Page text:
PLoS ONE  2014;9(2):e88083.
In the early 2000s, a particular MRSA clonal complex (CC398) was found mainly in pigs and pig farmers in Europe. Since then, CC398 has been detected among a wide variety of animal species worldwide. We investigated the population structure of CC398 through mutation discovery at 97 genetic housekeeping loci, which are distributed along the CC398 chromosome within 195 CC398 isolates, collected from various countries and host species, including humans. Most of the isolates in this collection were received from collaborating microbiologists, who had preserved them over years. We discovered 96 bi-allelic polymorphisms, and phylogenetic analyses revealed that an epidemic sub-clone within CC398 (dubbed ‘clade (C)’) has spread within and between equine hospitals, where it causes nosocomial infections in horses and colonises the personnel. While clade (C) was strongly associated with S. aureus from horses in veterinary-care settings (p = 2×10−7), it remained extremely rare among S. aureus isolates from human infections.
doi:10.1371/journal.pone.0088083
PMCID: PMC3913741  PMID: 24505386
7.  Evaluation of a Modular Multiplex-PCR Methicillin-Resistant Staphylococcus aureus Detection Assay Adapted for mecC Detection 
Journal of Clinical Microbiology  2013;51(6):1917-1919.
A mecC (mecALGA251)-adapted multiplex PCR-based methicillin-resistant Staphylococcus aureus (MRSA) detection assay was evaluated using an international, spa-typed Staphylococcus aureus collection comprising 51 mecC-positive MRSA, 240 mecA-positive MRSA, and 50 mecA- and mecC-negative methicillin-susceptible S. aureus (MSSA) isolates. The assay showed 100% sensitivity and specificity for S. aureus species identification as well as for mecA and mecC detection.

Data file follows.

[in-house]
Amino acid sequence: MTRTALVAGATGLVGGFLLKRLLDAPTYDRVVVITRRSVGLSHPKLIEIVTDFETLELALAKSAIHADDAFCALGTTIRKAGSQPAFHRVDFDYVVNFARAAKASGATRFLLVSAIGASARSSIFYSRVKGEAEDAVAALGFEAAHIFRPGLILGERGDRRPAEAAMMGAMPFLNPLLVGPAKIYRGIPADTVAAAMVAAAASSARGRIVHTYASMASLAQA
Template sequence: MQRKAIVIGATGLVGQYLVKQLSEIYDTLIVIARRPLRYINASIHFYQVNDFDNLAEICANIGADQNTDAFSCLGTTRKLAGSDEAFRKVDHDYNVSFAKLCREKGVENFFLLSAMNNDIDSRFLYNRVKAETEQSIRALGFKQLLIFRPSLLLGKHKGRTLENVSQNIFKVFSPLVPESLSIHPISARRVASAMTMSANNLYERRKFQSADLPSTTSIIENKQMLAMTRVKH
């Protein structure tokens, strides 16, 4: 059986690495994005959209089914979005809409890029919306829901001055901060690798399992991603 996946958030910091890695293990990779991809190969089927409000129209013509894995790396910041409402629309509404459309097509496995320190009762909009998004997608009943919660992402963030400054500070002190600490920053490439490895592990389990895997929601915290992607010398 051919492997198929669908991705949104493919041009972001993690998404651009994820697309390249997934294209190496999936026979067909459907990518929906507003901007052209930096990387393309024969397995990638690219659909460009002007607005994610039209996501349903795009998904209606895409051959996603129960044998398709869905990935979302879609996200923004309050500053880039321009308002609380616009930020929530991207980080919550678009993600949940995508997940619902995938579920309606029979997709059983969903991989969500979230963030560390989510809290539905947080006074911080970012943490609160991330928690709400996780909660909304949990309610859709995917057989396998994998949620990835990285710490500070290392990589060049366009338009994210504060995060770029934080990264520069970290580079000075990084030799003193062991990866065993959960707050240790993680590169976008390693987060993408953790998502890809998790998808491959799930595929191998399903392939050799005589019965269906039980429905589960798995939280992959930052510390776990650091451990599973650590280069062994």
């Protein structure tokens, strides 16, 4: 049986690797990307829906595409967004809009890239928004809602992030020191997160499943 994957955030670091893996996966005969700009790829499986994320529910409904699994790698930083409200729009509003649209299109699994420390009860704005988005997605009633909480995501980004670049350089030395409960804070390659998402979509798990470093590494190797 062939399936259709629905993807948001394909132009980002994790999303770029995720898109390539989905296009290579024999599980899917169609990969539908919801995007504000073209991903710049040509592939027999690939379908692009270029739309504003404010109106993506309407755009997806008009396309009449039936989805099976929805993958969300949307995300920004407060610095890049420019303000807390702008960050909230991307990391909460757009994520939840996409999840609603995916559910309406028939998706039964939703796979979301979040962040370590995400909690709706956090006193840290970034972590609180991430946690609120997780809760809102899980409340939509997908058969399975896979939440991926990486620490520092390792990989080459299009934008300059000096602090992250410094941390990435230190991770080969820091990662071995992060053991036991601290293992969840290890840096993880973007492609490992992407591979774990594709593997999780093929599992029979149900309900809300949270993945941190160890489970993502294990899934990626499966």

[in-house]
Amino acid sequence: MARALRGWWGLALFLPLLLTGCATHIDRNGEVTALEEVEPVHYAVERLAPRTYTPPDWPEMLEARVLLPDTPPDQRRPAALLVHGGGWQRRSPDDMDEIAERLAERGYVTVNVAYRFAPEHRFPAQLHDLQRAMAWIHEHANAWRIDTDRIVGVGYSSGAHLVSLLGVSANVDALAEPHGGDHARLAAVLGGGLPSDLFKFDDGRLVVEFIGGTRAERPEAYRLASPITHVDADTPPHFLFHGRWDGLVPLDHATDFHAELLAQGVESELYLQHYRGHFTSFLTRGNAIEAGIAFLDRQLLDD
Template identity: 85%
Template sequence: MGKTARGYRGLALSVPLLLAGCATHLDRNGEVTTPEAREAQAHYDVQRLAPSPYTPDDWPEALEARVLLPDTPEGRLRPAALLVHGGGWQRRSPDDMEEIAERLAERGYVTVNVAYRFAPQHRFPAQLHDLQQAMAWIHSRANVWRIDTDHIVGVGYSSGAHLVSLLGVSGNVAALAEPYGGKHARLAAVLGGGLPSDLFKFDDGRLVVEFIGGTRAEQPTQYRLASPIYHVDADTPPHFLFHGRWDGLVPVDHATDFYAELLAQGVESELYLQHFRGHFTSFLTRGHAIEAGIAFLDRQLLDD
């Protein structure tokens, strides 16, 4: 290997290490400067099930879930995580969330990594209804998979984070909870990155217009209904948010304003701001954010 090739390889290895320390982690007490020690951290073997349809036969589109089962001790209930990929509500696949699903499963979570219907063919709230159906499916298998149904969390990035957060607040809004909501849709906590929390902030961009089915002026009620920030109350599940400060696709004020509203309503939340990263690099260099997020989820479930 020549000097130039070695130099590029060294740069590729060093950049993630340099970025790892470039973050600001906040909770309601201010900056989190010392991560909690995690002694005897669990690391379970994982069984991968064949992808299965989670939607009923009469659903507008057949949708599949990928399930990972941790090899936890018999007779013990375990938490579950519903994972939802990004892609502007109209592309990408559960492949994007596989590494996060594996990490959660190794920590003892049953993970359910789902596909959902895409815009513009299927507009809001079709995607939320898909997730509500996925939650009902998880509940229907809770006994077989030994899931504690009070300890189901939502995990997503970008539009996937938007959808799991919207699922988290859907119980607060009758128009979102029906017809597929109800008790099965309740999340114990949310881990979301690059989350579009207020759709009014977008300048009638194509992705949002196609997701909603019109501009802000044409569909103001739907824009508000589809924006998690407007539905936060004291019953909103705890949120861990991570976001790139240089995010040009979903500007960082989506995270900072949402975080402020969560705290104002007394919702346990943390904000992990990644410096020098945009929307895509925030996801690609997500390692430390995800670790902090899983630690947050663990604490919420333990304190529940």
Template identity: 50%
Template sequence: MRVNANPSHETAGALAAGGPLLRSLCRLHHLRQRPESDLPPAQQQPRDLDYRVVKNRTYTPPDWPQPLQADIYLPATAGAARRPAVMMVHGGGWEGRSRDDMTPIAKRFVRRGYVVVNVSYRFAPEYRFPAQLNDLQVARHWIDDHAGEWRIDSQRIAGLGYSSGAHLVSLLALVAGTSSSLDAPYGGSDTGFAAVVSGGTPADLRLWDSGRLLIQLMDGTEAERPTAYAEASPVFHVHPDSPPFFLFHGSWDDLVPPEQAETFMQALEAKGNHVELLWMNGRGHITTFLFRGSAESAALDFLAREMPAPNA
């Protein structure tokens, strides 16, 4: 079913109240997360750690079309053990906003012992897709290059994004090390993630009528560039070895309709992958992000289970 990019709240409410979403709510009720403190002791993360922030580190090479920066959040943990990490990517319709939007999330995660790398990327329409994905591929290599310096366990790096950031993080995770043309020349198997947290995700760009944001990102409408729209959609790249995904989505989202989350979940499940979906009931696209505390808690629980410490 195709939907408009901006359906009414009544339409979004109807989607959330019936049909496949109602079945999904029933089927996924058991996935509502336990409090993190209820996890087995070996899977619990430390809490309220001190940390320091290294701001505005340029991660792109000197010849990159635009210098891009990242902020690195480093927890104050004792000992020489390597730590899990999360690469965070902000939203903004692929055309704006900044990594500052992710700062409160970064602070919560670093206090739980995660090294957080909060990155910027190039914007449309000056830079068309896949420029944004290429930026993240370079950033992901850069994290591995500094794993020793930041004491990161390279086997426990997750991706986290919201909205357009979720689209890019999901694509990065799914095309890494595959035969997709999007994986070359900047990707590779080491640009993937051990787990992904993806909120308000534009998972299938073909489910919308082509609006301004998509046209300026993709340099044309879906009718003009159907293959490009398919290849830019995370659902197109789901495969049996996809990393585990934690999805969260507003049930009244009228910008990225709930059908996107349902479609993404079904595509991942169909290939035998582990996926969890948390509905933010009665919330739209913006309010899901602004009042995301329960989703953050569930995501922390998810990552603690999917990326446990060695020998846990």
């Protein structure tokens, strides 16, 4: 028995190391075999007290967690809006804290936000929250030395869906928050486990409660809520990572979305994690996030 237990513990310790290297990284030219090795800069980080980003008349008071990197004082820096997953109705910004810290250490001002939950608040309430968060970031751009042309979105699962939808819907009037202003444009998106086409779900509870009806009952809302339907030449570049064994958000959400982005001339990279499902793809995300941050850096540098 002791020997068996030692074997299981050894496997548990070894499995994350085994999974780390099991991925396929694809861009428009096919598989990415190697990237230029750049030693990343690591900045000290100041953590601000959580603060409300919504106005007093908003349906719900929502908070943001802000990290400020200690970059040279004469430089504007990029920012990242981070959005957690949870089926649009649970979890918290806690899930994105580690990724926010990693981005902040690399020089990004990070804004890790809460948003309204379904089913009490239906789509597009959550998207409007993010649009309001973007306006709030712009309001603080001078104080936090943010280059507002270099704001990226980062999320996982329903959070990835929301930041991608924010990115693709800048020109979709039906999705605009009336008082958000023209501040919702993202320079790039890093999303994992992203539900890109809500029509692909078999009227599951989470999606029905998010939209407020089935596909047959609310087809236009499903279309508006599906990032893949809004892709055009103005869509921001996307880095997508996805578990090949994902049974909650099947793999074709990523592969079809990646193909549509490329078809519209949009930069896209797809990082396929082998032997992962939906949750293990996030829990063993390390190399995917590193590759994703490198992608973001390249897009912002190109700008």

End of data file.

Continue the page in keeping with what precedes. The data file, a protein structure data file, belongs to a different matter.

doi:10.1128/JCM.00075-13
PMCID: PMC3716076  PMID: 23515551
8.  Rapid Differentiation between Livestock-Associated and Livestock-Independent Staphylococcus aureus CC398 Clades 
PLoS ONE  2013;8(11):e79645.
Staphylococcus aureus clonal complex 398 (CC398) isolates cluster into two distinct phylogenetic clades based on single-nucleotide polymorphisms (SNPs) revealing a basal human clade and a more derived livestock clade. The scn and tet(M) genes are strongly associated with the human and the livestock clade, respectively, due to loss and acquisition of mobile genetic elements. We present canonical single-nucleotide polymorphism (canSNP) assays that differentiate the two major host-associated S. aureus CC398 clades and a duplex PCR assay for detection of scn and tet(M). The canSNP assays correctly placed 88 S. aureus CC398 isolates from a reference collection into the human and livestock clades and the duplex PCR assay correctly identified scn and tet(M). The assays were successfully applied to a geographically diverse collection of 272 human S. aureus CC398 isolates. The simple assays described here generate signals comparable to a whole-genome phylogeny for major clade assignment and are easily integrated into S. aureus CC398 surveillance programs and epidemiological studies.